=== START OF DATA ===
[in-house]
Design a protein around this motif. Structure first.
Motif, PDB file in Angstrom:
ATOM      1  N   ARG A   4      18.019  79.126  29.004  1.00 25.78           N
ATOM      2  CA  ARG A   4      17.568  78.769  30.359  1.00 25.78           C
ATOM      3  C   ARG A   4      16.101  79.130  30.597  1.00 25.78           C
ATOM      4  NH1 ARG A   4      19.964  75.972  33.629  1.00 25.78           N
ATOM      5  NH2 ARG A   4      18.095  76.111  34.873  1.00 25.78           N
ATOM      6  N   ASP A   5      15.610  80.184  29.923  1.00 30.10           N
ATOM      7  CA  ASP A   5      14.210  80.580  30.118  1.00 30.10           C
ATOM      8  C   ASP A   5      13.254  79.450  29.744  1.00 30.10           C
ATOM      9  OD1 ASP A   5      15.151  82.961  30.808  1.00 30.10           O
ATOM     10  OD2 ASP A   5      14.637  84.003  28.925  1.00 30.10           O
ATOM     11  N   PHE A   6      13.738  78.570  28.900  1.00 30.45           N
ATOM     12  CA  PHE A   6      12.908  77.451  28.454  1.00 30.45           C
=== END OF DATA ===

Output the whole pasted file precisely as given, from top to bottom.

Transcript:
[in-house]
Design a protein around this motif. Structure first.
Motif, PDB file in Angstrom:
ATOM      1  N   ARG A   4      18.019  79.126  29.004  1.00 25.78           N
ATOM      2  CA  ARG A   4      17.568  78.769  30.359  1.00 25.78           C
ATOM      3  C   ARG A   4      16.101  79.130  30.597  1.00 25.78           C
ATOM      4  NH1 ARG A   4      19.964  75.972  33.629  1.00 25.78           N
ATOM      5  NH2 ARG A   4      18.095  76.111  34.873  1.00 25.78           N
ATOM      6  N   ASP A   5      15.610  80.184  29.923  1.00 30.10           N
ATOM      7  CA  ASP A   5      14.210  80.580  30.118  1.00 30.10           C
ATOM      8  C   ASP A   5      13.254  79.450  29.744  1.00 30.10           C
ATOM      9  OD1 ASP A   5      15.151  82.961  30.808  1.00 30.10           O
ATOM     10  OD2 ASP A   5      14.637  84.003  28.925  1.00 30.10           O
ATOM     11  N   PHE A   6      13.738  78.570  28.900  1.00 30.45           N
ATOM     12  CA  PHE A   6      12.908  77.451  28.454  1.00 30.45           C